This past Saturday I attended the 8th annual WCN Wildlife Conservation Expo in San Francisco. I saw a host of incredible speakers, all of them conservation heroes working in the field to protect various endangered species from the myriad of threats facing them in the wild. They presented their organizations’ challenges and successes through eye-opening speeches and PowerPoint presentations, and greeted attendees out in the lobby at their respective tables to answer questions and sell products to fundraise for their organizations. If you haven’t been to this event before, I highly recommend it for next year. Visit the WCN website and mark your calendars!
One of the major highlights from the day: I got to see one of my favorite conservation groups again, Painted Dog Conservation. This group does incredible work to save Zimbabwe’s remaining populations of African wild dogs, also know as painted dogs, amidst the turmoil of a country under a president who seems bent on destroying his own people. Painted Dog Conservation does as much for the people of this devastated land as it does for its dogs. Greg Rasmussen and Peter Blinston, the director and project manager of PDC, are excellent and humorous presenters, and their passion for the wildlife they protect and the children of Zimbabwe they educate is infectious and heart-warming.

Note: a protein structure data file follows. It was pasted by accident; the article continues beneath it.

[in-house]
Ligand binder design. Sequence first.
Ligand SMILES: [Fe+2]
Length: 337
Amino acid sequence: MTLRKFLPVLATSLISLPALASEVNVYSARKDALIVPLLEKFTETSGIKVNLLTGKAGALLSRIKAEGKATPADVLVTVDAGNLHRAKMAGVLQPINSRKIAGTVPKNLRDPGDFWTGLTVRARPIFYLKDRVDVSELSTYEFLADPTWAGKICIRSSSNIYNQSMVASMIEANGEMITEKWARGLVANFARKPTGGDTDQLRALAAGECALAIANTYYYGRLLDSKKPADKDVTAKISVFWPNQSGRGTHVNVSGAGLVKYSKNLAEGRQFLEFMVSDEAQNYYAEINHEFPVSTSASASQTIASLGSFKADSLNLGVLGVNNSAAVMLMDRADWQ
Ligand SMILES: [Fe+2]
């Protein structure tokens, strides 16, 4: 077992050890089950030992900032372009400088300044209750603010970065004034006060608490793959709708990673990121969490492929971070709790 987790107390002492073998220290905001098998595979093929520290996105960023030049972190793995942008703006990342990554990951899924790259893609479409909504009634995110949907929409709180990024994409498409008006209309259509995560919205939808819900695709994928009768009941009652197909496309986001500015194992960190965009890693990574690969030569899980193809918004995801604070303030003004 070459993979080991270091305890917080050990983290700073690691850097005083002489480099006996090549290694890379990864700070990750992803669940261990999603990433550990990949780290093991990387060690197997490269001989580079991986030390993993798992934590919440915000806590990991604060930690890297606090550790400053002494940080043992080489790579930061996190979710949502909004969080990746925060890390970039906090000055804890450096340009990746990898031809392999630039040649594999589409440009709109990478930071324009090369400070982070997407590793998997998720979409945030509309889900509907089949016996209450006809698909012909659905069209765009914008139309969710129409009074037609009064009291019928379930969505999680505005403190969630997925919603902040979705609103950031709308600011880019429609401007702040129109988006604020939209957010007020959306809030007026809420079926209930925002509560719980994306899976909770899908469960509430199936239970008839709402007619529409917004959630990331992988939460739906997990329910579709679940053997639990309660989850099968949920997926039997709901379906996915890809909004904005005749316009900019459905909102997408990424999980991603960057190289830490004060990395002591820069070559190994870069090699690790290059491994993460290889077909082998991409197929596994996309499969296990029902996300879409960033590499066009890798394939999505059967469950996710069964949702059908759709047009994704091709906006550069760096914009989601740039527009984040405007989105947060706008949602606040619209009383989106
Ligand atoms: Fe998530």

Also worth mentioning: PDC has the best stickers ever. They never chip, fade, or disintegrate. I have one on my laptop, my water bottle, my car, my dresser in my bedroom, my classroom wall, and I also have one of their patches stitched into my duffle bag. This Saturday I bough ten more (the volunteer behind the counter, Renee, who works with painted dogs at a facility in Vancouver, recognized me from last year, when I bought six stickers.)
And of course, the big banana was when I got to see Dr. Jane Goodall and her assistant Mary Lewis again. Dr. Jane Goodall gave a wonderful speech, which provided for me a fresh shot of inspiration. She has an incredible way of doing that; revitalizing your passion for conservation by talking about her own, by providing stories of hope and success, and for saying the words with total conviction: “Never give up.”
After her speech, I met up with her outside, and asked her to say hello to my students on camera. She sweetly obliged, and now I can’t wait to show my class! Here she is: